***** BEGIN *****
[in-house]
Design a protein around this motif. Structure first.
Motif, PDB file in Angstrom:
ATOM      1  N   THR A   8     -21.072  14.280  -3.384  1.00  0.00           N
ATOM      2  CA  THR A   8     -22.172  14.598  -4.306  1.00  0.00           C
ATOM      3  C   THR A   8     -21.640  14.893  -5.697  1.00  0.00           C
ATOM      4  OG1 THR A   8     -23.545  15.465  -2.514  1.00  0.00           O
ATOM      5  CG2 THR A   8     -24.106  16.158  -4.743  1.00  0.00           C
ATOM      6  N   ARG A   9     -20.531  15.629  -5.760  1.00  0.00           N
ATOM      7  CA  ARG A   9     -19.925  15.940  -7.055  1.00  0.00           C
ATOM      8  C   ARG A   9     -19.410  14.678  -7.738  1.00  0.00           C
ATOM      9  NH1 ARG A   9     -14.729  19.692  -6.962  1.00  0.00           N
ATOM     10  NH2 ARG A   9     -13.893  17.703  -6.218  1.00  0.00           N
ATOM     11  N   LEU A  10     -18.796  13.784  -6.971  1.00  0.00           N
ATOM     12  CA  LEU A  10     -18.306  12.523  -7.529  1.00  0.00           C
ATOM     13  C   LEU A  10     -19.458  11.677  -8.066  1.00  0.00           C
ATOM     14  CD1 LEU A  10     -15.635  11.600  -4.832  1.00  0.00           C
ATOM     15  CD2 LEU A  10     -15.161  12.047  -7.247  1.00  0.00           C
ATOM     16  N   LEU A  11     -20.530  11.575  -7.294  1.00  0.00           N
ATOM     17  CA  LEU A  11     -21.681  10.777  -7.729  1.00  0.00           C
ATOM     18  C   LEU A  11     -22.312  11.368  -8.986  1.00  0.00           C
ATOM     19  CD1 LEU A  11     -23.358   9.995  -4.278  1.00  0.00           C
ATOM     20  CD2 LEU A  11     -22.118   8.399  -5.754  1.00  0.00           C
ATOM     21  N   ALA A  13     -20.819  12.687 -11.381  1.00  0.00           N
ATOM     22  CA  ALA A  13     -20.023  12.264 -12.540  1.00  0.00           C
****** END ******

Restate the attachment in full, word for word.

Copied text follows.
[in-house]
Design a protein around this motif. Structure first.
Motif, PDB file in Angstrom:
ATOM      1  N   THR A   8     -21.072  14.280  -3.384  1.00  0.00           N
ATOM      2  CA  THR A   8     -22.172  14.598  -4.306  1.00  0.00           C
ATOM      3  C   THR A   8     -21.640  14.893  -5.697  1.00  0.00           C
ATOM      4  OG1 THR A   8     -23.545  15.465  -2.514  1.00  0.00           O
ATOM      5  CG2 THR A   8     -24.106  16.158  -4.743  1.00  0.00           C
ATOM      6  N   ARG A   9     -20.531  15.629  -5.760  1.00  0.00           N
ATOM      7  CA  ARG A   9     -19.925  15.940  -7.055  1.00  0.00           C
ATOM      8  C   ARG A   9     -19.410  14.678  -7.738  1.00  0.00           C
ATOM      9  NH1 ARG A   9     -14.729  19.692  -6.962  1.00  0.00           N
ATOM     10  NH2 ARG A   9     -13.893  17.703  -6.218  1.00  0.00           N
ATOM     11  N   LEU A  10     -18.796  13.784  -6.971  1.00  0.00           N
ATOM     12  CA  LEU A  10     -18.306  12.523  -7.529  1.00  0.00           C
ATOM     13  C   LEU A  10     -19.458  11.677  -8.066  1.00  0.00           C
ATOM     14  CD1 LEU A  10     -15.635  11.600  -4.832  1.00  0.00           C
ATOM     15  CD2 LEU A  10     -15.161  12.047  -7.247  1.00  0.00           C
ATOM     16  N   LEU A  11     -20.530  11.575  -7.294  1.00  0.00           N
ATOM     17  CA  LEU A  11     -21.681  10.777  -7.729  1.00  0.00           C
ATOM     18  C   LEU A  11     -22.312  11.368  -8.986  1.00  0.00           C
ATOM     19  CD1 LEU A  11     -23.358   9.995  -4.278  1.00  0.00           C
ATOM     20  CD2 LEU A  11     -22.118   8.399  -5.754  1.00  0.00           C
ATOM     21  N   ALA A  13     -20.819  12.687 -11.381  1.00  0.00           N
ATOM     22  CA  ALA A  13     -20.023  12.264 -12.540  1.00  0.00           C